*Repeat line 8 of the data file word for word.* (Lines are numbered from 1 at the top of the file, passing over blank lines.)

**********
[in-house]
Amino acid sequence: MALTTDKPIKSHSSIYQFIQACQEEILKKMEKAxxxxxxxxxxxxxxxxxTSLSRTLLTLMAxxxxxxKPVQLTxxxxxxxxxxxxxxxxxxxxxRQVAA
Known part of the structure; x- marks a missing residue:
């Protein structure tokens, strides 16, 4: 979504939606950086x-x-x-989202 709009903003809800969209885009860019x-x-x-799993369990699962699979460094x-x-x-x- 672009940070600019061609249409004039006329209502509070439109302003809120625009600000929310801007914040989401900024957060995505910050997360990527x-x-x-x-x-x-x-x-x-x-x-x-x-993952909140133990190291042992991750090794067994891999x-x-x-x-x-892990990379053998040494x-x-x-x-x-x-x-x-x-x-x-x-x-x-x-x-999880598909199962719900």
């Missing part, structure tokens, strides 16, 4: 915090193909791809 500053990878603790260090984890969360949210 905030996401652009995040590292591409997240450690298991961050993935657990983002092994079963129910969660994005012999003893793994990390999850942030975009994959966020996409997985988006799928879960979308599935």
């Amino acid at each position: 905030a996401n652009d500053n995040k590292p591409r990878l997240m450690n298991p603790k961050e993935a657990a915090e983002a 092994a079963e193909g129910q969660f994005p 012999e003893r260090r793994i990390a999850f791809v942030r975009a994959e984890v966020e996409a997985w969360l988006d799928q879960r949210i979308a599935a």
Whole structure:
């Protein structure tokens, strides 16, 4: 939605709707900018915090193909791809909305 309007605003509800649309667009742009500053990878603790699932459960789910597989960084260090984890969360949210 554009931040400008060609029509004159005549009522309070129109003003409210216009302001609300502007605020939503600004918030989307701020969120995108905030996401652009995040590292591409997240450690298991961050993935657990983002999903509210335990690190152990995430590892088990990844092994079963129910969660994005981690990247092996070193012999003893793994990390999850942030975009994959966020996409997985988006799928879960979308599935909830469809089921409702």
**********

């Protein structure tokens, strides 16, 4: 939605709707900018915090193909791809909305 309007605003509800649309667009742009500053990878603790699932459960789910597989960084260090984890969360949210 554009931040400008060609029509004159005549009522309070129109003003409210216009302001609300502007605020939503600004918030989307701020969120995108905030996401652009995040590292591409997240450690298991961050993935657990983002999903509210335990690190152990995430590892088990990844092994079963129910969660994005981690990247092996070193012999003893793994990390999850942030975009994959966020996409997985988006799928879960979308599935909830469809089921409702």